Clients frequently ask their financial advisors to assist them with their liquidity needs. Whether they want to purchase a vacation home, have a tax payment due or a new business venture, they want to know: what are the best options to make these moves?
A private banker can help clients figure out the best mix of investment and liquidity needs based on their short- and long-term goals. A popular option to help with liquidity is a Home Equity Line of Credit (HELOC). HELOC’s are appealing because interest rates tend to be lower than personal loans or credit cards. Opening a HELOC, however, can take time (anywhere from weeks to months depending on the type of property) and requires a good deal of financial information. You should also be aware that HELOCs have lost some of their tax advantages due to changes in the tax laws.
Clients with marketable securities, such as stocks, mutual funds and bonds, could sell securities to raise cash but this could mean they would also pay transaction costs and possibly capital gains tax. You should also consider the cost of being out of the market.
A securities-based line of credit or SBLOC could be a good and often expedient way to meet liquidity needs. They are not without risk, however. Interest rate fluctuations could change the cost of borrowing, and market declines could reduce the amount a client can borrow, resulting in a call for partial repayment or additional collateral. In addition, a SBLOC cannot be used to purchase marketable securities; there is a government regulation that prohibits such a transaction.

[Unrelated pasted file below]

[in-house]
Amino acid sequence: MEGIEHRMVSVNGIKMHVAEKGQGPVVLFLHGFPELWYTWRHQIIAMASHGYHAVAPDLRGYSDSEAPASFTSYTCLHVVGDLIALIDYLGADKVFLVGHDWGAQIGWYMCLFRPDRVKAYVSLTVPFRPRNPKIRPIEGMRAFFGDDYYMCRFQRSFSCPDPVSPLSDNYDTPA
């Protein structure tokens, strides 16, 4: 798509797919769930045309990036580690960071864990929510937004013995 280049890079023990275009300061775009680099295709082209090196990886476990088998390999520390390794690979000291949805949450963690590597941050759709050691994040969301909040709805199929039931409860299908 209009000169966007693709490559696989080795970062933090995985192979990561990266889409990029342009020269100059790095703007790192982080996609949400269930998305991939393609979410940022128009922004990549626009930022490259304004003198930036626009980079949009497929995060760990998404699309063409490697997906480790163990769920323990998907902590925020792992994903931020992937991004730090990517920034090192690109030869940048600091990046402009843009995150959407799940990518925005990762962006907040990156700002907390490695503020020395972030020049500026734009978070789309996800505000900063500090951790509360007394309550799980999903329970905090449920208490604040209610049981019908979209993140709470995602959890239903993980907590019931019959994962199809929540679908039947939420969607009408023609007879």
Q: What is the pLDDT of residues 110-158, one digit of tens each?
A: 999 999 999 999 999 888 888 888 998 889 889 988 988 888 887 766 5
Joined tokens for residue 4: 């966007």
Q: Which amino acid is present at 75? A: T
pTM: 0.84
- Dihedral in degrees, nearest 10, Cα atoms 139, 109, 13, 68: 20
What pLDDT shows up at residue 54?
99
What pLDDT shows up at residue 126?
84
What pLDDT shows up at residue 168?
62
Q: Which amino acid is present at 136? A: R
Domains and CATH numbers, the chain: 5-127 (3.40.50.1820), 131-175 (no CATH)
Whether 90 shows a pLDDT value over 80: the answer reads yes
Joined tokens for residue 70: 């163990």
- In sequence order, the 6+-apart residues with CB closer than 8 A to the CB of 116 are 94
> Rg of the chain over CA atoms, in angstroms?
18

Let’s look at some practical uses for a SBLOC. In a competitive real estate market, being able to prove liquidity is critical in a bidding competition. A SBLOC provides the client with the proof of funds needed and they do not have to sell their current home before buying a new one.
Whether it is the sale of a business, or some other transaction resulting in capital gains, a SBLOC is a good way to cover those tax obligations without depleting your cash or your investments. Keep in mind that these taxes must be paid when they are due to avoid penalties.
A SBLOC can also provide a business owner the funds to purchase equipment or augment cash flow. Even an established business owner may wish to acquire another practice. A SBLOC can provide them with the capital needed.
A family or business-related emergency or a natural disaster can put a strain on cash flow. Insurance companies are not always timely with the processing of claims, especially if it involves a flood or another unavoidable catastrophe. A SBLOC could be a valuable resource to begin the timely restoration of a property.
When utilized prudently, a SBLOC can be an excellent way for a client to capitalize on their investment portfolio without the downside of market risk and/or capital gains.
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